(Bloomberg) -- Samsung Electronics Co. is making a new push in the market for wireless network infrastructure. This time, the South Korean electronics giant’s timing may be just right.
Mounting concerns in Europe and elsewhere about letting China’s ZTE Corp. and Huawei Technologies Co. provide vital components for fifth-generation cellular networks have coincided with Samsung’s ambition to capture 20 percent of the global market by 2020. In the U.S., where Chinese vendors are already banned, Samsung has won deals for 5G gear from three of four major carriers.
“There are certainly concerns that are spreading beyond the U.S. markets into areas where those vendors may have greater share or more customer wins with large operators,” Alok Shah, a vice president of networks strategy at Samsung, said of the company’s Chinese rivals in a phone interview.
5G is one of several emerging technologies that the conglomerate singled out in August as a target for 25 trillion won ($22 billion) in investments. It represents a new avenue to growth as Samsung’s smartphone sales continue to sag, the lucrative semiconductor business shows signs of a downturn and Chinese competition in the display market stiffens.
The Korean company, which leads the world in memory chips as well as smartphones, believes a key selling point is a more integrated and tightly policed production chain, which both lessens its reliance on external suppliers and enhances the overall security of its offering. Like Huawei, Samsung is vying for a seat at the table as 5G rolls out across the world, a technology that will shape the mobile internet and power up a plethora of gadgets from home appliances to cars.
After a decade of consolidation reduced the number of major wireless equipment vendors to a handful, carriers in countries that shut the door on Chinese providers could be facing a similar situation as in the U.S., with only two large suppliers -- Sweden’s Ericsson AB and Finland’s Nokia Oyj -- and one challenger -- Samsung -- left to turn to.
“There really are very few options when it comes to large scale radio-access network vendors in the U.S. market, so certainly the operators are looking for options,” Shah said. “They’re looking for competitiveness and companies that are bringing innovation to them.”
Samsung’s immediate goal is to secure initial deals in countries like the U.S., Japan, and South Korea where 5G service is imminent, according to an outline of its strategy released in June. The company boasts that it leads in Europe for the most patents registered with the European Telecommunications Standards Institute, expressing confidence in being a major part of the global 5G spread.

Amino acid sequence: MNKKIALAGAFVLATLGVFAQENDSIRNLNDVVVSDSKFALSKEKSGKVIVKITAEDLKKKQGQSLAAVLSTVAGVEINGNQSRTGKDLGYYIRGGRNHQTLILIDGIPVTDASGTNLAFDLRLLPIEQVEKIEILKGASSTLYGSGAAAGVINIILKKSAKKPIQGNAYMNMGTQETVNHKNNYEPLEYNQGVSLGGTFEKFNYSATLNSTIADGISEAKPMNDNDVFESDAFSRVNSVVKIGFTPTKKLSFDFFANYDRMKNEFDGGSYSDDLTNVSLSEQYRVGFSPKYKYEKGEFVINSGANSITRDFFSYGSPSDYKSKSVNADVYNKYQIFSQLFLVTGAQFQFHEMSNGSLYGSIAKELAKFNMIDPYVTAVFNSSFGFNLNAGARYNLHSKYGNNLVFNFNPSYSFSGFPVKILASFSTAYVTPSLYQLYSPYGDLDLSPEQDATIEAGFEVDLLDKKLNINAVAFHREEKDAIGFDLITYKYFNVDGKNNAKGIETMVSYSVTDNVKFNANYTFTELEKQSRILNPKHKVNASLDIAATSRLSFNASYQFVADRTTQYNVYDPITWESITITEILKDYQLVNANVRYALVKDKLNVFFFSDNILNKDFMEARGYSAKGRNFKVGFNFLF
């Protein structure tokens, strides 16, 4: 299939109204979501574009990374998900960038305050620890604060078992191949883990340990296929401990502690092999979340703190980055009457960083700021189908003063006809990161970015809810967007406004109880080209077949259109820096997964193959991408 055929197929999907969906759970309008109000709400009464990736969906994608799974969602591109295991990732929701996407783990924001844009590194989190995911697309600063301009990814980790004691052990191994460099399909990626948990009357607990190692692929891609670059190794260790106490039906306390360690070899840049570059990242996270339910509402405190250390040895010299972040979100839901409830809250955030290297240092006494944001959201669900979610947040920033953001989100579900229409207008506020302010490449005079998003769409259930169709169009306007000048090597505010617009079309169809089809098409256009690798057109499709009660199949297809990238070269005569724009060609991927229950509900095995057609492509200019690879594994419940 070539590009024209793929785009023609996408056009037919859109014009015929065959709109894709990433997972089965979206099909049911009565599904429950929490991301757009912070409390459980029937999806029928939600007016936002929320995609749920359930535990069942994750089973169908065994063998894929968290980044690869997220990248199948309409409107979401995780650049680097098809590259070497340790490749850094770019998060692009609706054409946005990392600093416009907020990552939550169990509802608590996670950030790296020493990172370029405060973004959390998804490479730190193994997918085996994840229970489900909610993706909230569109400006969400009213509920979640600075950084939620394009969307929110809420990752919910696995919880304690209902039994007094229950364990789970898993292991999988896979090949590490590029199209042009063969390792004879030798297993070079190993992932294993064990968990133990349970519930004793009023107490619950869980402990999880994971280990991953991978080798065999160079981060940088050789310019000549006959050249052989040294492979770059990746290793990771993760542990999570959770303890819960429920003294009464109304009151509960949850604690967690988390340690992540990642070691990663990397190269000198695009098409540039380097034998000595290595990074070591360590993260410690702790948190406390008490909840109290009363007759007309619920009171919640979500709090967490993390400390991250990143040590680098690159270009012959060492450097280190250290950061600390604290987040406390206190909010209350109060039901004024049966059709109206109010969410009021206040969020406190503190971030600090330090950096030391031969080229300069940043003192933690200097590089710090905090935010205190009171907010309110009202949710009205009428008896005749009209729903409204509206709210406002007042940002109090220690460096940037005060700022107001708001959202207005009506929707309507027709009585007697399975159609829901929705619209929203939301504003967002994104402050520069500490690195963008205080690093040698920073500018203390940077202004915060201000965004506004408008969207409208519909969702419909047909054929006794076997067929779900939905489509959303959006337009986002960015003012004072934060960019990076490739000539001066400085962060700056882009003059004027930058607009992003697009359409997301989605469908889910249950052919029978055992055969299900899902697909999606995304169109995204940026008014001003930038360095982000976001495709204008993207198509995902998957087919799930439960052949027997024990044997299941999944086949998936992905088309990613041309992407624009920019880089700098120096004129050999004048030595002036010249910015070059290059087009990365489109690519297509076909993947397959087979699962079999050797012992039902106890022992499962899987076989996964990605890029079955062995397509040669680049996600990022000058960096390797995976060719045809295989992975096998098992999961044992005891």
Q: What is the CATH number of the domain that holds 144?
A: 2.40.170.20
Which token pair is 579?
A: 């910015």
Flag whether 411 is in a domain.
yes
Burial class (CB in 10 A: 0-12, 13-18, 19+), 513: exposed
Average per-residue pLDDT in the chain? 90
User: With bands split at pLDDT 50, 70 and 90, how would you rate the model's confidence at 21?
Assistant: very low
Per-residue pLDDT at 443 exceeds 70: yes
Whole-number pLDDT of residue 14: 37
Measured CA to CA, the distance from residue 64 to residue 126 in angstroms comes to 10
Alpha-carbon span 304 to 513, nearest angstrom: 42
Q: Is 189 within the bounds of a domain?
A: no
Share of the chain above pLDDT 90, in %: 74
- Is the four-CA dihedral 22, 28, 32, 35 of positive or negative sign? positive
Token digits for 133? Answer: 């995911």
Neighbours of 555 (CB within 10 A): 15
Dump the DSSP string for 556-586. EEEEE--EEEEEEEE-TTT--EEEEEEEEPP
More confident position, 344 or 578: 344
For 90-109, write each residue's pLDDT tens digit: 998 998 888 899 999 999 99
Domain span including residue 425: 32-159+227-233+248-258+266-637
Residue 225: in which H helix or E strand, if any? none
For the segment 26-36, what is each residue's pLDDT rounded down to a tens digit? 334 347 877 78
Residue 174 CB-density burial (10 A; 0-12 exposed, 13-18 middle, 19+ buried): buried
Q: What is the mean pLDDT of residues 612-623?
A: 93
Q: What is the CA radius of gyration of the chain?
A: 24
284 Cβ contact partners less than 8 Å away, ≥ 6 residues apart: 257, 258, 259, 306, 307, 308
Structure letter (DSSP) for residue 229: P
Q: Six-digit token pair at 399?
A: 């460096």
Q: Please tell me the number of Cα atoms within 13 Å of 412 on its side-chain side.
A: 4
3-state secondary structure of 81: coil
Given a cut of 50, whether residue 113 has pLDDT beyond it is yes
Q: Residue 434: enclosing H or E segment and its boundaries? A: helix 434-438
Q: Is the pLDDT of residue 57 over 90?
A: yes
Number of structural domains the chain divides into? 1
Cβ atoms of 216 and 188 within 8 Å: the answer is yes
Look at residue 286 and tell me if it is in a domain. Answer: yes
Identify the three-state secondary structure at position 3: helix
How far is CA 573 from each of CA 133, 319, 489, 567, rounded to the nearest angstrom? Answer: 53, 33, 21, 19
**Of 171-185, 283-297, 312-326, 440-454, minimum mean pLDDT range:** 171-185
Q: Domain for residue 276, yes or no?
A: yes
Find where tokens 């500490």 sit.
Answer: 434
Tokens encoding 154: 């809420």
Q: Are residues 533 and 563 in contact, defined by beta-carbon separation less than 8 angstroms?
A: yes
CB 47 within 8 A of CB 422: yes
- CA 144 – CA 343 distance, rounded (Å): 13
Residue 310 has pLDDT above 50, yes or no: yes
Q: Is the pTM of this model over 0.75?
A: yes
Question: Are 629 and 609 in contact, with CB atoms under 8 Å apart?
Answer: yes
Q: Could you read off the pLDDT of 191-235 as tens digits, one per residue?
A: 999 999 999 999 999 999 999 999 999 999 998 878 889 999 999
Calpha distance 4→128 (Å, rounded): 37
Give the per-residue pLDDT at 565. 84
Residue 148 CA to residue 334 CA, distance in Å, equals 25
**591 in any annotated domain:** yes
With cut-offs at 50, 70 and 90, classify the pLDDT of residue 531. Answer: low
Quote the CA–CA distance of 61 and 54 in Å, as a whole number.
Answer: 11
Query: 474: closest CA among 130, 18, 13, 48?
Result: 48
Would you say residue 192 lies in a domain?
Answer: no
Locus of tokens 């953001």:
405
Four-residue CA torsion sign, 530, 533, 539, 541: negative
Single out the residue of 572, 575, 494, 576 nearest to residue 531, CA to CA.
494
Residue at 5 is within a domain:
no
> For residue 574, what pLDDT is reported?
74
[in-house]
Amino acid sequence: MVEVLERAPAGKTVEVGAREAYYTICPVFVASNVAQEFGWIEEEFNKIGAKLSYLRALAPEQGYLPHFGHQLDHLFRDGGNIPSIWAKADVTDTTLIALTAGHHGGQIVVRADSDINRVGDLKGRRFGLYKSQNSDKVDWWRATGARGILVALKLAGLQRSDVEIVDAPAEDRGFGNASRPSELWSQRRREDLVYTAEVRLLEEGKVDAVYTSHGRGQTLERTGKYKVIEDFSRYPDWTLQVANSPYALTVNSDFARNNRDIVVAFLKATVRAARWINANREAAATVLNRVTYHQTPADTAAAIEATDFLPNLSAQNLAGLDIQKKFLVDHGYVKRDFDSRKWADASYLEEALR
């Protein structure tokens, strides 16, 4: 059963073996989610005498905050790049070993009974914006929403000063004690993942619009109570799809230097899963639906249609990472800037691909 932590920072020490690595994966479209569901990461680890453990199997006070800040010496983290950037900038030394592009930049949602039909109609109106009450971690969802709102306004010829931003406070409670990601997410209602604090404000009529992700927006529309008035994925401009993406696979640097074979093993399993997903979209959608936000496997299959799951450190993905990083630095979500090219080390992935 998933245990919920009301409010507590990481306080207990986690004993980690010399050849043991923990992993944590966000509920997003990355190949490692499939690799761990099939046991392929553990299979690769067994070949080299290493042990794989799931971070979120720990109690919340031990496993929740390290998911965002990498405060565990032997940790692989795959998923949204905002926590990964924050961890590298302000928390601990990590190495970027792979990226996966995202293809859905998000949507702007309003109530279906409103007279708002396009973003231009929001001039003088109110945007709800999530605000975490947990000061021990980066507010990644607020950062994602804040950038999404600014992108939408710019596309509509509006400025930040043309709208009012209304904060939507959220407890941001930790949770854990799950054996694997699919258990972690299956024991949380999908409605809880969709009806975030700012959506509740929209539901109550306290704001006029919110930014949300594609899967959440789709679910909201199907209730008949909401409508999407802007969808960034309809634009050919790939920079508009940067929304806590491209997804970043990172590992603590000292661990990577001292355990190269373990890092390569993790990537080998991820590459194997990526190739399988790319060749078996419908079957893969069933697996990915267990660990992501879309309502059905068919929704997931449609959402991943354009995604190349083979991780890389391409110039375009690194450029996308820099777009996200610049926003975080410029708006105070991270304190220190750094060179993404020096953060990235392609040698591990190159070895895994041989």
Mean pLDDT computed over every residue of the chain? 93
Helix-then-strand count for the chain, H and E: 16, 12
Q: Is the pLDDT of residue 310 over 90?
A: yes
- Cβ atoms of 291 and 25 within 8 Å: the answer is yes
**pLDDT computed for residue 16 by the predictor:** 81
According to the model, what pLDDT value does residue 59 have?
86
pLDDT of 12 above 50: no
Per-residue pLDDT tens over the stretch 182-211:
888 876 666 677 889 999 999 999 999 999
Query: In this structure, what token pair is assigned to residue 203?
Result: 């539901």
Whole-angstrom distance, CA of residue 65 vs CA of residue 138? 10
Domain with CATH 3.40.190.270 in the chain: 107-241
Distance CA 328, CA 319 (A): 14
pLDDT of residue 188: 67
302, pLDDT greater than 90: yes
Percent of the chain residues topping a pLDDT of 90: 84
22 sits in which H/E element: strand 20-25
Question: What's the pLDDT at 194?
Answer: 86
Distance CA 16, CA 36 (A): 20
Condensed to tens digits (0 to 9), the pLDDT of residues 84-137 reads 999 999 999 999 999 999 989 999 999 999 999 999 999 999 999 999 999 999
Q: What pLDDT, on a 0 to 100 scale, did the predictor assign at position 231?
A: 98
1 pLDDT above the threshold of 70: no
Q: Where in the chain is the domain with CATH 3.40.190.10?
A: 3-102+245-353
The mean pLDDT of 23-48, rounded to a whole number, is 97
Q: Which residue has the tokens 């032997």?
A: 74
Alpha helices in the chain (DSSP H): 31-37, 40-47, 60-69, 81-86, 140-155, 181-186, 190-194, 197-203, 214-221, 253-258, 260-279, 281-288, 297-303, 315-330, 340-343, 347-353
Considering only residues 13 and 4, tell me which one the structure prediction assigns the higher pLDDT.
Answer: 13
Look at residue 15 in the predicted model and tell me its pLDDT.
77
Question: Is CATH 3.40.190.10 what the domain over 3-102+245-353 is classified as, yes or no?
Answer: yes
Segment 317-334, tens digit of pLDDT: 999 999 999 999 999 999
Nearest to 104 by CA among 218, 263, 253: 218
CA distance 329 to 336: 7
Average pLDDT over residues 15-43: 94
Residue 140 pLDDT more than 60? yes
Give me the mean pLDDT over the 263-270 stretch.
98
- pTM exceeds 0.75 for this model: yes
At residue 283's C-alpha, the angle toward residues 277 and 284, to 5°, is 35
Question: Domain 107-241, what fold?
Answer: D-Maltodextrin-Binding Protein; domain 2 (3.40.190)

Samsung also has a strong position in technology that several U.S. operators are using to bring wireless broadband connections to remote areas using 5G and sees potential for those products in western Europe too, Shah said.
It’s not the first time Samsung has unveiled ambitions to grab a significant slab of the mobile network business. An earlier push to challenge Ericsson and Nokia stalled after the South Korean company backed CDMA and WiMax wireless technologies that didn’t catch on globally.
Bengt Nordstrom, head of telecom consultancy Northstream, believes Samsung will struggle to gain the global position needed to support the hefty costs to research and develop the tech that drives 5G networks -- despite its technological prowess and financial firepower.
Nordstrom argues that Samsung is chasing a mature market with little growth, where global scale and presence is the only way to reap acceptable returns. Even in a high tech industry that promises all kinds of automation and artificial intelligence, human beings are still key.
“The reason why Ericsson and Nokia each have about 100,000 employees, and Huawei even more, is that that’s what it takes to be present in every market,” Nordstrom said. “To scale up from Samsung’s presence in only a few countries, you need to hire tens of thousands of people. I don’t think that’s doable.”
Shah is less concerned, saying that Samsung’s networks business is gearing up aggressively and rapidly hiring competent staff, including from competitors. Having been tapped to supply 5G gear for AT&T Inc., Verizon Communications Inc. and Sprint Corp., the executive says that ramping up as markets grow and opportunities arise is a familiar exercise for Samsung’s Electronics, whose 100,000 employees work on everything from chip manufacturing to designing smartphones.
“Next year is really about execution for us,” Shah said. “We have to prove that our customers made the right decision in making commitments to us. We’ll see how it all plays out but we do feel that a number of trends are lining up in our favor right now.”
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